Here here!Report

  3. PD Shaw says:

    [L2] I suspect we haven’t heard the last of this — either the prosecutors will challenge the decision or refile other charges, or the legislature amends the statute. The thing that stood out to me was that the prosecutor was arrested in the courthouse prior to hearing. Under the common law, attorneys were privileged from arrest when attending the courthouse on business. The example I’ve heard of is the attorney speeding to court, cannot be detained, but the police can follow the attorney to the courthouse and wait outside until he is done to give him the ticket.

    [L5]: Most Americans reading this probably have a third cousin that has uploaded their raw DNA data onto the internet. A lot of the privacy concerns are just about too late, and are not even being made by the individual (as opposed to family).Report

    • Em Carpenter in reply to PD Shaw says:

      Re L2: I am confident the dismissal will not be overturned. Regardless of the reason, the state was not prepared to go forward and the time was up to try the defendant (in my state, it must be within three terms of court unless defense requests or agrees to continuance). No change of statute will be retroactively applied to affect due process rights.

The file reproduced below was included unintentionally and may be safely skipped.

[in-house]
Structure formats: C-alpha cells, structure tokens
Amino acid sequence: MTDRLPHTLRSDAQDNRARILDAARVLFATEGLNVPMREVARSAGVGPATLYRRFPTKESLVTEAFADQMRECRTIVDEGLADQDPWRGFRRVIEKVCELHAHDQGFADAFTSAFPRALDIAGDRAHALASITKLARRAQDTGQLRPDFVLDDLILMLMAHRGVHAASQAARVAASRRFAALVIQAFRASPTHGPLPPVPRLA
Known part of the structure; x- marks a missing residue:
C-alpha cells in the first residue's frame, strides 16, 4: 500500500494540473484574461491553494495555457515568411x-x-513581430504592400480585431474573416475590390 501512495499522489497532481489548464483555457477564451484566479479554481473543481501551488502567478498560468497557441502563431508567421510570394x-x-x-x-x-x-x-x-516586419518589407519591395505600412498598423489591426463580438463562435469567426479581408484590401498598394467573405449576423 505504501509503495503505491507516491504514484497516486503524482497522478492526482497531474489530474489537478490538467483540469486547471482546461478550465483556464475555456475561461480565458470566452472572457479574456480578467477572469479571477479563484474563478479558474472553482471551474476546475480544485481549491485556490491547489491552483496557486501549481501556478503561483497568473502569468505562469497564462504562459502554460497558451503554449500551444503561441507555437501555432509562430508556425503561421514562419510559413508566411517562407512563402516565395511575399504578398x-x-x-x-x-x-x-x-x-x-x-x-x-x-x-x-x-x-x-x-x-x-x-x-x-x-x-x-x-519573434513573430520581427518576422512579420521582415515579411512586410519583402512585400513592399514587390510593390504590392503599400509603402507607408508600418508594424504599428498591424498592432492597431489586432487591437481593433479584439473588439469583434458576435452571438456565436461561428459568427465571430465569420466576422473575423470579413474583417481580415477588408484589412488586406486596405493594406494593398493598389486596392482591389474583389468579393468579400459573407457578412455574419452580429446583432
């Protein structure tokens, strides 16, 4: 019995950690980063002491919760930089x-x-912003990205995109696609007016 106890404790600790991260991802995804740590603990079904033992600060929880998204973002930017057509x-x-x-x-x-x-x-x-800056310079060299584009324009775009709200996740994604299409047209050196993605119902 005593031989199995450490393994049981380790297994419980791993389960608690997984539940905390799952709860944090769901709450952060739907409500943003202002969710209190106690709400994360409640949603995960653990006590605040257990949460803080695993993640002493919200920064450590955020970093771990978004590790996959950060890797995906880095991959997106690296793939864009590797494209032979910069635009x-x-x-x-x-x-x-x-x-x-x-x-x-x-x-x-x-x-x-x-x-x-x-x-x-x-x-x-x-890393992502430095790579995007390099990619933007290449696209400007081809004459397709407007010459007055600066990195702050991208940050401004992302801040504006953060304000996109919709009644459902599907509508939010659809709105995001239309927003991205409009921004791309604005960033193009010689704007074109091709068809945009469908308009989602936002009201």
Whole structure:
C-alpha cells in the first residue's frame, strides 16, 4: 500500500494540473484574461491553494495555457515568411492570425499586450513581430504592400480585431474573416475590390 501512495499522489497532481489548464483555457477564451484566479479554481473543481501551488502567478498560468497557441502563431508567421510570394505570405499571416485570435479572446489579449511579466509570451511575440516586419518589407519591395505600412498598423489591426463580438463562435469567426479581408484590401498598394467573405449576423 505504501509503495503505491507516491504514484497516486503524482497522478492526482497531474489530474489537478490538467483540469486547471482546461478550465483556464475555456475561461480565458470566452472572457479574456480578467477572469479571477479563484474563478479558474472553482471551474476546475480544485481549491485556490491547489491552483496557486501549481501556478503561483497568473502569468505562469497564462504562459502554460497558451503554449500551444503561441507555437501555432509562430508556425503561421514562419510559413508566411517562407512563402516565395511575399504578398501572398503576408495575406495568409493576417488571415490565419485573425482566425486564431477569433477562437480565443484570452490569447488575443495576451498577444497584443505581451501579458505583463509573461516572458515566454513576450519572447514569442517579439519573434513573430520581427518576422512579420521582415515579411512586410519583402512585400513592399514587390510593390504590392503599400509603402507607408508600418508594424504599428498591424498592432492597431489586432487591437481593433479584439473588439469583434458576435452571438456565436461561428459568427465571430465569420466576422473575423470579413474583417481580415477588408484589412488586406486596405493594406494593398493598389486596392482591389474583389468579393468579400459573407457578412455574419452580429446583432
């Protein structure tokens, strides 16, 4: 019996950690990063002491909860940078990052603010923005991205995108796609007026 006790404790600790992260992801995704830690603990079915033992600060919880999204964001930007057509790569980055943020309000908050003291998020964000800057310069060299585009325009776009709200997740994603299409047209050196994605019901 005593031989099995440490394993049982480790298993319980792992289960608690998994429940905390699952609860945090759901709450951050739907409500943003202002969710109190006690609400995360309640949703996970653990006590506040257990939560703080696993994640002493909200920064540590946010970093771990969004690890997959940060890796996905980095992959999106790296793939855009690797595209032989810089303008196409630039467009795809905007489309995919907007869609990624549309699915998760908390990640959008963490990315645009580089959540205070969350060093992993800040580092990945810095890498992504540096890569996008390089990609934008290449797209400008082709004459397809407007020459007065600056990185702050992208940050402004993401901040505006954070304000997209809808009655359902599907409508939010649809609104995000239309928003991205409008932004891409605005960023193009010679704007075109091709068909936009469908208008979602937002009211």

And because the dismissal was on constitutional grounds, refiling charges is not an option.Report

      • PD Shaw in reply to Em Carpenter says:

        I did leave that ambiguous because I think the legislature will probably deliberate changing the speedy trial statute, regardless of whether it can be applied retroactively. In my state the speedy trial statute is separate and distinct from the Constitutional right to a speedy trial, so I don’t know what, if any, avenues are available, but I’m pretty sure given the situation something will be tried. If not, maybe they’ll just remove the judge.Report

  4. Dark Matter says:

    Ouch. Sounds like the ADA has dropped this ball a lot more than once.